For the third installment of our staff profile series, we talked with Production Stage Manager Joe Drummond. Joe is currently stage managing our 2012/2013 Season opener, Sweet Bird of Youth, now playing in the Albert Theatre. He’s one of our staffers with the longest tenure at the Goodman—almost 40 years—and during that time he has been an indispensable member of over 125 creative teams. The stage manager works behind the scenes during rehearsals and through the run of the show, coordinating all aspects of the production from scheduling rehearsal days to calling cues during performance. They work tirelessly to ensure that the artistic vision of the play is fully realized night after night—and are truly the unsung heroes of the production.
Andrew Knight: How long have you worked at the Goodman?
Joe Drummond: I’ve been at the Goodman for 38 seasons. I began in the fall of 1974 as an assistant stage manager and soon moved into the role of production stage manager.
AK: What drew you to work in this position, and/or what drew you to work in theater?
JD: I graduated in 1969 from an acting school in Philadelphia and started out as an actor. But while apprenticing at Totem Pole Playhouse near Gettysburg, Artistic Director William (Bill) Putch guided me toward stage managing. It was his guidance that brought me to this career path—and the rewards of being involved in every step of production process that has kept me here.
AK: What are your primary job duties?
JD: Like most stage managers, I work under contract and begin one week before the first rehearsal. That time is spent getting to know the requirements of the production and compiling information to share with the company and staff about the production, rehearsal and performance process. During rehearsals, I work as a team with the assistant stage manager (ASM) and often one or two interns. Together we document blocking; the director's notes; prop, costume, set, sound and lighting/video notes; attend several meetings and compile lots of paperwork to prep us for tech week. During tech week—when all the design elements are added to the rehearsals on the stage—I focus on writing cues to call the technical elements of the production. There are numerous changes implemented during the preview rehearsal period to perfect all these elements, and it requires quick use of my eraser! During the run of production, I call cues during the performance, prepare the understudies in case they are needed to perform and maintain the artistic integrity of the show as directed and designed.
AK: Is there anything you do in your job that most people find surprising, or that they wouldn’t expect you to do?
JD: I think the most surprising realization for non-theater folks is the amount of rehearsal time needed to develop and perfect each moment in the show. Large cast shows are permitted eight hours of rehearsal a day. However, the Stage Management team arrives before the actors to prep for the rehearsal and departs only after compiling notes and creating schedules for the next rehearsal day. With multiple rehearsals going on and allotting time for costume fittings, all the scheduling become very time consuming.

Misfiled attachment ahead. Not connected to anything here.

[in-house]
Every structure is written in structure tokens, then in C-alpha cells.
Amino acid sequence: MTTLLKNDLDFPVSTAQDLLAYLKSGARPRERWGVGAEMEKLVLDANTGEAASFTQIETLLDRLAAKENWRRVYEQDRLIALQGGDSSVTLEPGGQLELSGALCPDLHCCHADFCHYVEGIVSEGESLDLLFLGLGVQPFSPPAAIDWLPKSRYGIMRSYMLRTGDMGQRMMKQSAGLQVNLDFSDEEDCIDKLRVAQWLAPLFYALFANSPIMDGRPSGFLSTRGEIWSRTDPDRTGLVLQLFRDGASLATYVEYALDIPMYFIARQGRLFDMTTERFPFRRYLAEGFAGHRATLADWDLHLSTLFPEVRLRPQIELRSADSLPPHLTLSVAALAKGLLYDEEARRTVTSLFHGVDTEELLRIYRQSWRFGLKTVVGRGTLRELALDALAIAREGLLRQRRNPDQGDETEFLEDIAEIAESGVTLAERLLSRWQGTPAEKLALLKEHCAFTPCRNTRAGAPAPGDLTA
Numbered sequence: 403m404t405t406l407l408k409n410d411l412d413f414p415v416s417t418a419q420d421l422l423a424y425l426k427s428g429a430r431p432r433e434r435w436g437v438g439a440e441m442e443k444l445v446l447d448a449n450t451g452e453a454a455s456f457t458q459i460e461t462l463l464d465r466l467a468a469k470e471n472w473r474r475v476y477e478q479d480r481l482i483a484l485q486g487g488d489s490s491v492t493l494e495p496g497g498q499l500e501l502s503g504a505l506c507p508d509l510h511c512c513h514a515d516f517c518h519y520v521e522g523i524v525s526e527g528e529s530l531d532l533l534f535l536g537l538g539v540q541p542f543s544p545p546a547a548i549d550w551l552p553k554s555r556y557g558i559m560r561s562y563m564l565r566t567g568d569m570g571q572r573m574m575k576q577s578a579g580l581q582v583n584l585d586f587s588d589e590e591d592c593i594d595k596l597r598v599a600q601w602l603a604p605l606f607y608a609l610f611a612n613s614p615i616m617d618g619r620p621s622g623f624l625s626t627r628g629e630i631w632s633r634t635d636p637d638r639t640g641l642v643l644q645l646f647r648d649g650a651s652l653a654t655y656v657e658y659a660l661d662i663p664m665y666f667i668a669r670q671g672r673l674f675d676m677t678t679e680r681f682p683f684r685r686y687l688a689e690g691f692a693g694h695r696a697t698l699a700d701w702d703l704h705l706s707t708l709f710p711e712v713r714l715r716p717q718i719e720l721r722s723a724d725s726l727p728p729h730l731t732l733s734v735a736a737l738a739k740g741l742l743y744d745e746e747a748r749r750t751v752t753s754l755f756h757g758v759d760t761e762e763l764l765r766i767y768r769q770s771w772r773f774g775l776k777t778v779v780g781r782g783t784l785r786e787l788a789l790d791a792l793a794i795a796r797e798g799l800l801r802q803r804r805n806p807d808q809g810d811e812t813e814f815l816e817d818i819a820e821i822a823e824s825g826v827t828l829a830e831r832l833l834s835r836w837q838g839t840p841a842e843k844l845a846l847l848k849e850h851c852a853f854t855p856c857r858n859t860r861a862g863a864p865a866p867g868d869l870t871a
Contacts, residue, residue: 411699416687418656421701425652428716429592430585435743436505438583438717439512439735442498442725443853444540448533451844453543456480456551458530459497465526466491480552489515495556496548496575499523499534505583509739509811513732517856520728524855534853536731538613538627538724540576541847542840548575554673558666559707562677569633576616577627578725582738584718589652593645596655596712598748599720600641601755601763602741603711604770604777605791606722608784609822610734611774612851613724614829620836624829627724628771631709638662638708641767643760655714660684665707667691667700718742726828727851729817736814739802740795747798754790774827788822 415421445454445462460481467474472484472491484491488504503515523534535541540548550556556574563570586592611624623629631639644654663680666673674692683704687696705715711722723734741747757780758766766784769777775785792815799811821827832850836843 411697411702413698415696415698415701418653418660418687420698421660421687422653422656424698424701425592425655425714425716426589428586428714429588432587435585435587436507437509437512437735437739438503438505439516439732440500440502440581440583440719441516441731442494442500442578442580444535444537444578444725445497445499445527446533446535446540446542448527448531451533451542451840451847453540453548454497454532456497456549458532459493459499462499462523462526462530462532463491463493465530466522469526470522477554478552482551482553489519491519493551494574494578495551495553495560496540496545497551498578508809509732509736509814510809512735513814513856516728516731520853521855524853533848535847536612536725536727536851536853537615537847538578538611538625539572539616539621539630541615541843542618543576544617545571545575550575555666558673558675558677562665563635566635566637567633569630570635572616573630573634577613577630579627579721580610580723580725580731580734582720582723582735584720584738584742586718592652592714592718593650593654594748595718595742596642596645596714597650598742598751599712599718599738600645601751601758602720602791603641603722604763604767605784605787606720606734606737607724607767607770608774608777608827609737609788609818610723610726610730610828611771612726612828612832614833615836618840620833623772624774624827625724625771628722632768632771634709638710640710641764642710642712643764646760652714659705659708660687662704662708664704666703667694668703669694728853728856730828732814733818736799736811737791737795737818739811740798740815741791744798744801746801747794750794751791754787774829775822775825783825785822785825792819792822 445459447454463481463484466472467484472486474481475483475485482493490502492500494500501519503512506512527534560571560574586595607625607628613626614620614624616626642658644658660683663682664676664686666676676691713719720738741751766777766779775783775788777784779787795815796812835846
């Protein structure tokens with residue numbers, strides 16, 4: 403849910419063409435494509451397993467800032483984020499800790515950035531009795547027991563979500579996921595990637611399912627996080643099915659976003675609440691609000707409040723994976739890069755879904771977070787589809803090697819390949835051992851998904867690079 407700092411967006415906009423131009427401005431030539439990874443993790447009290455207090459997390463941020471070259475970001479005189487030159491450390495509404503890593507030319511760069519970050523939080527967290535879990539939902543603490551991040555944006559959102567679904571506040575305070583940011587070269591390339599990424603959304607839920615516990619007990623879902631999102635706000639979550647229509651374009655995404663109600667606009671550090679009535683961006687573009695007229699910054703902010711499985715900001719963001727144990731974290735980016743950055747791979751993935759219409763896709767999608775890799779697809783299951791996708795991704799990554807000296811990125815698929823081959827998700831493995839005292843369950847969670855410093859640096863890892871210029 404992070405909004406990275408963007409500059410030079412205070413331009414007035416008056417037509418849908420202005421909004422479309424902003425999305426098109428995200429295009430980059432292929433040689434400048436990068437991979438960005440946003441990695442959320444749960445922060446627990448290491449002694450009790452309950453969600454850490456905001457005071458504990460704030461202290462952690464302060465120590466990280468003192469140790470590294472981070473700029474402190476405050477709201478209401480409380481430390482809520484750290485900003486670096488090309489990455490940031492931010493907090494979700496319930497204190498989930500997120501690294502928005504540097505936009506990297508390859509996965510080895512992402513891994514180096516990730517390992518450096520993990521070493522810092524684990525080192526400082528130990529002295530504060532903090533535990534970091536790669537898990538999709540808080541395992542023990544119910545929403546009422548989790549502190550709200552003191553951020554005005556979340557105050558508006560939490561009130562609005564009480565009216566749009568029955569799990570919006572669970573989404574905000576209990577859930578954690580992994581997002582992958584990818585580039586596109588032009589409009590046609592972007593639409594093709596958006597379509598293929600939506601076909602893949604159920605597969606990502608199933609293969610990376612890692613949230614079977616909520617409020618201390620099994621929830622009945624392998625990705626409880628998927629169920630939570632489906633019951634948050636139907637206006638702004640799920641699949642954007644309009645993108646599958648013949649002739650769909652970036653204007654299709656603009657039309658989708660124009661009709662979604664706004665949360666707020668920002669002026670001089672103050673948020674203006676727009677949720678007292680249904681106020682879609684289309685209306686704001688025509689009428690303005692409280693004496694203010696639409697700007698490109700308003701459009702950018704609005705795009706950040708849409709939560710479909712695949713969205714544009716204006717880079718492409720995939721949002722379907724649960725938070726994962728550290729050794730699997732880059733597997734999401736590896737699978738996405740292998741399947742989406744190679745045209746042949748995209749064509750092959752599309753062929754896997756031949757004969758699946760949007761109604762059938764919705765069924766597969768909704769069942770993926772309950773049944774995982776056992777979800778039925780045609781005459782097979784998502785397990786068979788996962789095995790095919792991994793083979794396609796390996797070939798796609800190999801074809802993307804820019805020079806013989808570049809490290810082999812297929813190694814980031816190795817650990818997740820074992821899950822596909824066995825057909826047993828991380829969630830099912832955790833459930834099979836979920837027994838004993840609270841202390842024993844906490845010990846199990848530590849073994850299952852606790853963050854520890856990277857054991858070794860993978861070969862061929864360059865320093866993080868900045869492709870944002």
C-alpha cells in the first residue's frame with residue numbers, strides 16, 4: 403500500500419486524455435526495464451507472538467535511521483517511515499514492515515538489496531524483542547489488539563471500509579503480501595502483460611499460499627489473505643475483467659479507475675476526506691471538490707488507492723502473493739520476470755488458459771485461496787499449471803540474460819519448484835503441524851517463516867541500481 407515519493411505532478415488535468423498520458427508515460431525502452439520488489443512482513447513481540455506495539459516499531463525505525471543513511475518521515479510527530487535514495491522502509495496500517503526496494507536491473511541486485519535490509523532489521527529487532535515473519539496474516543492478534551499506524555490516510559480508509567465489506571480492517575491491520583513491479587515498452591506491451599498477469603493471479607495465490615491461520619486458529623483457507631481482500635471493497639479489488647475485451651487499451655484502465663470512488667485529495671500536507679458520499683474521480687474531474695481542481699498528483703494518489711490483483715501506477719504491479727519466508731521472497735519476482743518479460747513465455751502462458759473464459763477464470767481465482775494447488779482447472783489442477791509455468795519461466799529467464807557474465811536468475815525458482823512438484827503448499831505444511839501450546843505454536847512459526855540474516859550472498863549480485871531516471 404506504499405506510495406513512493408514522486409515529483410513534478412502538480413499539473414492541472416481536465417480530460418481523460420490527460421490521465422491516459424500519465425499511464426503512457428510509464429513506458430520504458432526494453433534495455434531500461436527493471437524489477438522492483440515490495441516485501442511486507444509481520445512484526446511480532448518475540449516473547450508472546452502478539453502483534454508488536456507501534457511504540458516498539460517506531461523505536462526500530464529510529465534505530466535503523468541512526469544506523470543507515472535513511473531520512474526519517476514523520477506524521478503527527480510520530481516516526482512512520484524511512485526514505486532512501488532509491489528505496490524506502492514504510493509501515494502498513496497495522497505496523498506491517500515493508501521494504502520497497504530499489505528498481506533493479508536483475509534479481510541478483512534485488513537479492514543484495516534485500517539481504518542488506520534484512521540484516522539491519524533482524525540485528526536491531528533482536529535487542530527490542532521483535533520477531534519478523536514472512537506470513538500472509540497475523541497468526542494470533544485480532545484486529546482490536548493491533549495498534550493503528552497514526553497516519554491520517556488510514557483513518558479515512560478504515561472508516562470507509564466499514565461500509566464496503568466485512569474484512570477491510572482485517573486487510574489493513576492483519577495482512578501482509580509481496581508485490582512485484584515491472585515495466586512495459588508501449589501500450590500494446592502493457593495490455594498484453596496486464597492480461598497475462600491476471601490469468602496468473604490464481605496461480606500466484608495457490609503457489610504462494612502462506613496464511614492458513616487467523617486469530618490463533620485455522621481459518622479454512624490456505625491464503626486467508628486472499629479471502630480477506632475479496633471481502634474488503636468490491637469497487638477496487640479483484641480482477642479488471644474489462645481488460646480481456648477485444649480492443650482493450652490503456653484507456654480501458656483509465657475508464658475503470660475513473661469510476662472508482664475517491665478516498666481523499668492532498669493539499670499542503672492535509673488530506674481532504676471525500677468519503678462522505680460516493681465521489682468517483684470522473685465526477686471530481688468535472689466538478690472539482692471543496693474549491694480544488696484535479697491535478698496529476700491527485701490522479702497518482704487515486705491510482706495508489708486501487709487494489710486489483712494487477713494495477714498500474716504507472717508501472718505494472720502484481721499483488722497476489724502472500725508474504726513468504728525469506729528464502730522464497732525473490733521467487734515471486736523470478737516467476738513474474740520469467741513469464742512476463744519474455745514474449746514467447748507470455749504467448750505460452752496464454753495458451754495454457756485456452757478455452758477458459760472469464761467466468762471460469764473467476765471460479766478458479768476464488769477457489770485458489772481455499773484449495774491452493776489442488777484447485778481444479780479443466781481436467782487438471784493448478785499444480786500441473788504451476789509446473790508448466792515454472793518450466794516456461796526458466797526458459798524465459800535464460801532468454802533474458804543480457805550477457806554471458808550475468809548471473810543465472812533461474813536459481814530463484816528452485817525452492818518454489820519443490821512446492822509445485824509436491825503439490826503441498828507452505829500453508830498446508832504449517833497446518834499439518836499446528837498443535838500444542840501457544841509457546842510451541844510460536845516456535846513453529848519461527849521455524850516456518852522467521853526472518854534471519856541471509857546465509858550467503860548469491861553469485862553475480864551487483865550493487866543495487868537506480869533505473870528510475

AK: In what capacity do you support or interact with artists?
JD: I work very closely with the artists on a daily basis; the stage manager is a sort of constant with the production. The director and designers are often off to another project after opening and—because I was there for the rehearsal process—I am entrusted with the artistic maintenance during the run.
AK: What has been your favorite Goodman production during the time you’ve worked here?
JD: My favorite Goodman production would have to be Cyrano de Bergerac, a large-scale production with mostly Chicago actors, directed by Michael Maggio. It was my first show with Michael; he was so full of energy and made me feel like a valued asset to the production. For example, there was a battle scene in the show that required some cue calling precision on my part. Michael would occasionally listen in on headset to hear me in action. I took this as a very high compliment.
Although it's not a favorite production, I should mention that (Executive Director) Roche Schulfer is definitely one of my favorite people at the Goodman; he has been an amazing leader for the theater and the growth of my career.
AK: Do you work with other theater companies around town? What are your hobbies outside of work?
JD: In the 1970s and early ‘80s, I would return to Totem Pole Playhouse during the summers to stage manage. In 1983 my wife Sara and I started a family: we had our son, Benjamin, and then his brother, Andrew, four years later. So my time off in the summers was spent with the family (lots of driving vacations to see the USA) and recharging my stage management batteries for another season. Spending time with my family is still my hobby outside of work.
AK: Who is your favorite Christmas Carol character, and why?
JD: It has to be The Turkey Boy. He is the first to see the transformation in Scrooge, and the scene is pure delight for me. There’s also something wonderful about how he is transformed by Scrooge's act of generosity.